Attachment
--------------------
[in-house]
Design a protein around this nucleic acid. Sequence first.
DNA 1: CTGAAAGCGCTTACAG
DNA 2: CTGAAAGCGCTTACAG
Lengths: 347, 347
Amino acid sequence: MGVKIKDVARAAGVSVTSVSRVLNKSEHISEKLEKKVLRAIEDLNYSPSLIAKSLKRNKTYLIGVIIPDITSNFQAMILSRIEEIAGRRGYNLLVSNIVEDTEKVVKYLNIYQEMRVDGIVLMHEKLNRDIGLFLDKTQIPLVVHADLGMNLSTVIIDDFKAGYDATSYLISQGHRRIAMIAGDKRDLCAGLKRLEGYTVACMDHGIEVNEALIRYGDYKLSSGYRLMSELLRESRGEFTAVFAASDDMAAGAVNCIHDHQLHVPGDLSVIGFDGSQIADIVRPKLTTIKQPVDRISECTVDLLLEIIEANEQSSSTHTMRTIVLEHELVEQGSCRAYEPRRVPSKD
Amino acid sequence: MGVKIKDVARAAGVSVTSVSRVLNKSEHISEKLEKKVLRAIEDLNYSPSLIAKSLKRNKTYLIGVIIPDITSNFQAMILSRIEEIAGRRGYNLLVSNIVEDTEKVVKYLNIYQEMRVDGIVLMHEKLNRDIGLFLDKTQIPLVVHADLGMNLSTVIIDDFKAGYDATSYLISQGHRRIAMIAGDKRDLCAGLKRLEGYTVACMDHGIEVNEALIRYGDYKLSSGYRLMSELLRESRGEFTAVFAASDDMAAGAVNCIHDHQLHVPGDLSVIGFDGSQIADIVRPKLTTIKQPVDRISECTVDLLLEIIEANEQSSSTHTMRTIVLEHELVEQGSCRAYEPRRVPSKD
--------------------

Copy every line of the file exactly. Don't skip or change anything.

[in-house]
Design a protein around this nucleic acid. Sequence first.
DNA 1: CTGAAAGCGCTTACAG
DNA 2: CTGAAAGCGCTTACAG
Lengths: 347, 347
Amino acid sequence: MGVKIKDVARAAGVSVTSVSRVLNKSEHISEKLEKKVLRAIEDLNYSPSLIAKSLKRNKTYLIGVIIPDITSNFQAMILSRIEEIAGRRGYNLLVSNIVEDTEKVVKYLNIYQEMRVDGIVLMHEKLNRDIGLFLDKTQIPLVVHADLGMNLSTVIIDDFKAGYDATSYLISQGHRRIAMIAGDKRDLCAGLKRLEGYTVACMDHGIEVNEALIRYGDYKLSSGYRLMSELLRESRGEFTAVFAASDDMAAGAVNCIHDHQLHVPGDLSVIGFDGSQIADIVRPKLTTIKQPVDRISECTVDLLLEIIEANEQSSSTHTMRTIVLEHELVEQGSCRAYEPRRVPSKD
Amino acid sequence: MGVKIKDVARAAGVSVTSVSRVLNKSEHISEKLEKKVLRAIEDLNYSPSLIAKSLKRNKTYLIGVIIPDITSNFQAMILSRIEEIAGRRGYNLLVSNIVEDTEKVVKYLNIYQEMRVDGIVLMHEKLNRDIGLFLDKTQIPLVVHADLGMNLSTVIIDDFKAGYDATSYLISQGHRRIAMIAGDKRDLCAGLKRLEGYTVACMDHGIEVNEALIRYGDYKLSSGYRLMSELLRESRGEFTAVFAASDDMAAGAVNCIHDHQLHVPGDLSVIGFDGSQIADIVRPKLTTIKQPVDRISECTVDLLLEIIEANEQSSSTHTMRTIVLEHELVEQGSCRAYEPRRVPSKD